Could be interesting to see what people come up with… Remind me what is the typical dose of CLAS as a percentage?
I can foresee some potential issues however, as there are more factors than just acidity and leavening.
It would be a fair determination that only a true LM can sufficiently provide the necessary strength to manage such high levels of enrichment. Since a LM starter has an oxidative influence.
I imagine CLAS like other loose consistency cultures would have a reductive influence of the panettone mix which would result in a much softer consistency and one that may break although. In any case a softer consistency dough will take much longer to rise…
It is this reason that a CY panettone typically contains a lower level of enriching ingredients because without LM you don’t get the same strength. In an artisan panettone it is this strength that contributes to a vertically elongated crumb structure.
While reductive starters tend to promote proteolysis and souring.
Ah very interesting, indeed the oxidative status is nearly always completely ignored by the amateur bakers such as myself, I don't know anything about that.
CLAS is typically 190% hydration, and for 00 flour the recommendation would be to add 3% of the flour with CLAS into the preferment. I think it's totally possible to make it into a stiff culture, though I haven't tried. (I think most people including myself simply have a whole rye CLAS, and just use it in wheat bread, although it can b made with pretty much any grain).
With this in mind, would you expect adding CLAS to a CY bake vs not, it would at least improve the result?
To be fair it's not something most professional bakers would consider either, or scarcely is it an area of research in academia focused on sourdough. It just happens to be a topic I am very interested in. I guess my degree in oenology has aided that. A good winemaker will always be thinking about the influence of oxygen at all stages, and how to control it, it really is a critical control point.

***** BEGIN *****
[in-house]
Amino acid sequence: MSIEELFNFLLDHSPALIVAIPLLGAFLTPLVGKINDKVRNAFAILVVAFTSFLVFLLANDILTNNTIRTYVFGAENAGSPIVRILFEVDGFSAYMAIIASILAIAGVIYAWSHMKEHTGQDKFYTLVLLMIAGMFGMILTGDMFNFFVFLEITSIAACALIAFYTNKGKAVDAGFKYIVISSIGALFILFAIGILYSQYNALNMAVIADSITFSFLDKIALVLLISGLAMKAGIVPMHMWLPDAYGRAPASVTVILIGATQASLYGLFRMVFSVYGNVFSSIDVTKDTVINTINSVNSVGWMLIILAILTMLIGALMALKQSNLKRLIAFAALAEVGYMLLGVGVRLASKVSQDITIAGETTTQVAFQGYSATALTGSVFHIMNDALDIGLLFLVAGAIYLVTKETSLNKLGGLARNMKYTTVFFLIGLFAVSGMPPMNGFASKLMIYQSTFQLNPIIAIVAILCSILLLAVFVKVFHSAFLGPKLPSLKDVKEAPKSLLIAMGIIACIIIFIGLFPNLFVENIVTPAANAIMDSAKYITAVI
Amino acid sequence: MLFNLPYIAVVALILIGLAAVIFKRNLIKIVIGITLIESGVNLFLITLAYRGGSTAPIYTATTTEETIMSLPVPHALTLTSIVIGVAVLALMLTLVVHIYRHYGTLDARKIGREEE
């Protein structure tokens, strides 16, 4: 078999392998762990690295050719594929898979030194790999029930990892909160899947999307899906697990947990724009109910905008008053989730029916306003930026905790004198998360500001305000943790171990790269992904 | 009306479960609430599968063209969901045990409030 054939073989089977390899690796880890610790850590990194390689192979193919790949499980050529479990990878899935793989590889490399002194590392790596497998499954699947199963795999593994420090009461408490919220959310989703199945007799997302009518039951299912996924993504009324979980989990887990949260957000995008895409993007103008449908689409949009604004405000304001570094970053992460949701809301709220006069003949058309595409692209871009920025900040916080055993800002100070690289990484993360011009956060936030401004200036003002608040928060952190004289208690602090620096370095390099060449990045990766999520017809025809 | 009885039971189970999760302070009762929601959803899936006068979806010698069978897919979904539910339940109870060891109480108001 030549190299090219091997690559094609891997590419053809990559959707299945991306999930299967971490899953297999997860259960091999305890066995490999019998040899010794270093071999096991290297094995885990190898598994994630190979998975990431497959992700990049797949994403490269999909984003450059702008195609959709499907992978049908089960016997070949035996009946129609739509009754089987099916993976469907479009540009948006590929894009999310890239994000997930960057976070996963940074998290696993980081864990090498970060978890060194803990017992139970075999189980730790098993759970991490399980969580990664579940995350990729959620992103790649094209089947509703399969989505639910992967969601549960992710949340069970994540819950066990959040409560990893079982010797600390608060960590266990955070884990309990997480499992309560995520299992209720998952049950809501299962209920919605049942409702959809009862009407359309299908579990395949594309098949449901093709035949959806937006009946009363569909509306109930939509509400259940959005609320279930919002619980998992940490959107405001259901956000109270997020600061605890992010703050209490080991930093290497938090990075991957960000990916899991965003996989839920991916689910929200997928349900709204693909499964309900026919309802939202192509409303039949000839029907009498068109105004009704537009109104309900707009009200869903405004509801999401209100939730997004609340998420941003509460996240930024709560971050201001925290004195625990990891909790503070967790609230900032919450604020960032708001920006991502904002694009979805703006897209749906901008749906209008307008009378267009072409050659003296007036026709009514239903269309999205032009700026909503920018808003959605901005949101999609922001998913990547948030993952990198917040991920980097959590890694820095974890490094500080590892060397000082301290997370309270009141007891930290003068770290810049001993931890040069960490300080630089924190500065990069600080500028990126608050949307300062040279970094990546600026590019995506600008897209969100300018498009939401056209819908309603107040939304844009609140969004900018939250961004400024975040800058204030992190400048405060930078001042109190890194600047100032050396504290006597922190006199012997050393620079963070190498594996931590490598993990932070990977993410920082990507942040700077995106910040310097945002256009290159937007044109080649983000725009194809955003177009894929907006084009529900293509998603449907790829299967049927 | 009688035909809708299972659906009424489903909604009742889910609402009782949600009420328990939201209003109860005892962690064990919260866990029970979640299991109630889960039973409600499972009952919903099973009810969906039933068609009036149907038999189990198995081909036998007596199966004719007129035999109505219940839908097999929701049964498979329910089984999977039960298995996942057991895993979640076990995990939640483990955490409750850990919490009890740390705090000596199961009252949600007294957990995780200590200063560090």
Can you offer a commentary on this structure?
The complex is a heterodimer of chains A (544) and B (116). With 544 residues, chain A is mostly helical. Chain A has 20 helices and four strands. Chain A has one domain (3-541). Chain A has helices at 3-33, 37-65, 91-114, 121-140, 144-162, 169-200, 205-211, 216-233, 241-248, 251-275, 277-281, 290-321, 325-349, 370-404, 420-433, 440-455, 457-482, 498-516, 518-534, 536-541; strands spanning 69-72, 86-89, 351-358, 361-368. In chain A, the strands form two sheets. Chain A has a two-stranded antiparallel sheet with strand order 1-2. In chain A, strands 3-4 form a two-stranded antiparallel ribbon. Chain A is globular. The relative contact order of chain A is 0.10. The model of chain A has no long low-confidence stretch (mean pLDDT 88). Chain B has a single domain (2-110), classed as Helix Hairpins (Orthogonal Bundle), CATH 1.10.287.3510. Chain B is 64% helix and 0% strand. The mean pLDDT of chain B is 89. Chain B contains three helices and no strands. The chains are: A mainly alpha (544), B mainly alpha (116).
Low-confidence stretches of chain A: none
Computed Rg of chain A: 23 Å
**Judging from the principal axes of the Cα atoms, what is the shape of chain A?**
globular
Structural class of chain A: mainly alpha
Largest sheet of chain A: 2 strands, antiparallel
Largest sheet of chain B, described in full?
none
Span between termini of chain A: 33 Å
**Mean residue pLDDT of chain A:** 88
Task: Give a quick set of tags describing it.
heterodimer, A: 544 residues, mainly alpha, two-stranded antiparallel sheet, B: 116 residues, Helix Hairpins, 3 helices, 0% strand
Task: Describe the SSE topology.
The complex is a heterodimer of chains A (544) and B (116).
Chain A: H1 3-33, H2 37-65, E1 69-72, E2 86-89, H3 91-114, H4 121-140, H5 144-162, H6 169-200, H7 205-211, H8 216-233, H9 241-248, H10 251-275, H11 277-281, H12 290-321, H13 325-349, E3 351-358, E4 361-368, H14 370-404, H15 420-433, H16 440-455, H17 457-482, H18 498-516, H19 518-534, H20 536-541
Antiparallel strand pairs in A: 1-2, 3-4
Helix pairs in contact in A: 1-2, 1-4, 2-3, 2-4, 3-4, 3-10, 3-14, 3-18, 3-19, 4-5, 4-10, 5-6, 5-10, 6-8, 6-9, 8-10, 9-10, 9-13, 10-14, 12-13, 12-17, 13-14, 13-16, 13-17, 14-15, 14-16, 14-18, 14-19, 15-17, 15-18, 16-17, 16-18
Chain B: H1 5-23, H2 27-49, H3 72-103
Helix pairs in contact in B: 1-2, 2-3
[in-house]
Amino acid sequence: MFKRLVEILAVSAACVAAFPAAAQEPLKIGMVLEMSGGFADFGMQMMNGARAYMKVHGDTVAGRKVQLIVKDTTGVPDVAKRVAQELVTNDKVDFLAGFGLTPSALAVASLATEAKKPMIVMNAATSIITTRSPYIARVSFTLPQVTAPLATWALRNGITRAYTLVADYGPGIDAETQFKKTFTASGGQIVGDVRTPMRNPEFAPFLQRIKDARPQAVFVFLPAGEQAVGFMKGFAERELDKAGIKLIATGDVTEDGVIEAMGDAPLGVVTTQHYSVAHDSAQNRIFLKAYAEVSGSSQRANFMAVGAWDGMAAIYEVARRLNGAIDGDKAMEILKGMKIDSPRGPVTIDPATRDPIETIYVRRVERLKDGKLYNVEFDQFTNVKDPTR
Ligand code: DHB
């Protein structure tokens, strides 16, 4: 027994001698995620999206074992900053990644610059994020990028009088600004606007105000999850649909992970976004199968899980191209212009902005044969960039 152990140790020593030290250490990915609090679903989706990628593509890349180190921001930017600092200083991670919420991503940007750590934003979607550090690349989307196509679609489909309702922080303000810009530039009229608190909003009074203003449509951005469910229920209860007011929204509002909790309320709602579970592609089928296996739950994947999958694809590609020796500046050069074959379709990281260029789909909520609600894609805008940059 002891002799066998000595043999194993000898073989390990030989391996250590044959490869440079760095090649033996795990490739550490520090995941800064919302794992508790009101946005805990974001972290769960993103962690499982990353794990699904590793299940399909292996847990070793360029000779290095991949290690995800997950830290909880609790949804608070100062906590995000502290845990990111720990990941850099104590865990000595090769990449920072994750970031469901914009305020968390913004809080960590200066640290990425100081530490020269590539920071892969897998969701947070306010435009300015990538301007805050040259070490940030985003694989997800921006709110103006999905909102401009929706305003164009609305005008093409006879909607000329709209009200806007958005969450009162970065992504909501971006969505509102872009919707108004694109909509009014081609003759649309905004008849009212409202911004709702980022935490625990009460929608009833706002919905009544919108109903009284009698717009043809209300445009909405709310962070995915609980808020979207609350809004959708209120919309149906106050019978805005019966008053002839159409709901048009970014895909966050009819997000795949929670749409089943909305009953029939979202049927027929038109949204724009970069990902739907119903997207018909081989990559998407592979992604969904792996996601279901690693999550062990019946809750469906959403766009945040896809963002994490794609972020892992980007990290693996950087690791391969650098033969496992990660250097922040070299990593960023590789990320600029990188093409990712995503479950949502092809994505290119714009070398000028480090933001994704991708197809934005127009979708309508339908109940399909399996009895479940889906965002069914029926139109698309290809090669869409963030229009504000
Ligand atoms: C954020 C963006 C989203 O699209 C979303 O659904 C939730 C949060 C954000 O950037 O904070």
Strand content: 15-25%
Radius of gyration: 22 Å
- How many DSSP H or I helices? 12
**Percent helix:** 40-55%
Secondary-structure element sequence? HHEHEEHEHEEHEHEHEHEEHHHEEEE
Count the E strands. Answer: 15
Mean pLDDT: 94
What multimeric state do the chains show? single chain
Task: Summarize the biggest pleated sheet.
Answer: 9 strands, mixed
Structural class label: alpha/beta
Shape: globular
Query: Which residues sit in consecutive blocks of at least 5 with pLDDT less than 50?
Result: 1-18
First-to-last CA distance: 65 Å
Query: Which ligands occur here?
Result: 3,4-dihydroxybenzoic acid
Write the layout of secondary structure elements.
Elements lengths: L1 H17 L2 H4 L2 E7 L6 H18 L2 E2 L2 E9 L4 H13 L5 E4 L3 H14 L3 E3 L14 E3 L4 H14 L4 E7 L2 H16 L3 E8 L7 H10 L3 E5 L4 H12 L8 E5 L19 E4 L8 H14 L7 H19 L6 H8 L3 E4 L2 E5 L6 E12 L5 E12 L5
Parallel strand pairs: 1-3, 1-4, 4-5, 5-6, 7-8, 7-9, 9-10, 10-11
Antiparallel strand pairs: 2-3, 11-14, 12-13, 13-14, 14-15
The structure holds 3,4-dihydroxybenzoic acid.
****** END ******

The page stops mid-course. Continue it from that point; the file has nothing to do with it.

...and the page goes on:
Thanks, I thought the dosage was about that. A one step stiff conversion might help to improve things, but multiple passes would be better. Sure, improved flavour is a credible outcome with CLAS in the mix.
Michael, certainly the hybrid option sounds like a good idea, perhaps also with the full-on option for the wise/foolhardy (!), as Ilya suggests.
WRT the LM, do you think it is acceptable to convert an existing healthy wheat starter or is it better to start afresh?
(or a rye starter?..)
I see no issue in converting an existing starter. My so called "lievito 2.0" that made many a panettone was born from a 100% hydration wheat and rye starter.
I don't specifically recall but the starter I'm using now, let's call it "lievito 3.0" was seeded from fermented malt syrup which I'm inclined to call "mock wort".
That's good to know. A bit more thinking out loud: for beginners, is it better to make an initial trial (or trials) without inclusions, so if things go pear-shaped, eg at the primo impasto stage, then less is wasted?
Mitigating pear-shaped results is a contingency I frequently consider.
Lately I have been sticking to Achille Zoia's panettone formula as there is no egg in the primo impasto.
I've yet to solve the problem of unnecessary acidification that I'm having.
Proceeded anyway... dough pH 4.07 - you can feel it too! Obviously should be 5.x!
I suspect this will fall from its mould after baking.
I presume the LM pH was OK? So would this problem be predicted by high TTA in the LM, if one was to do that analysis?
Not that this would provide a solution, of course, but might save some materials, time and heartache!
Hitting the pH 4.1 target for the LM is no biggie!
Almost expected in 3-4.hrs.
Some measure of high TTA but not the be all and end all of explanations.
I need to weaken my LM..!
Your pH might work, depends on how much gluten is there.
I'm baking today too. Roy recipe. pH this morning after 10 hour rise at 27C was 4.36. Very good rise and gluten development still. I added a half teaspoon of baking soda to the second impasto, as a hedge against issues. All went well and I have three panettone cooling upside-down.
In Omnia Fermenta, a number of LM adjustments are suggested, based on pretty specific issues. I haven't tried all of them yet. My LM has improved somewhat over the last few weeks, as I have been cold-storing it between bakes, bound method. My storage refrigerator is colder than a regular refrigerator. It comes out after a week with pH above 4.1 generally.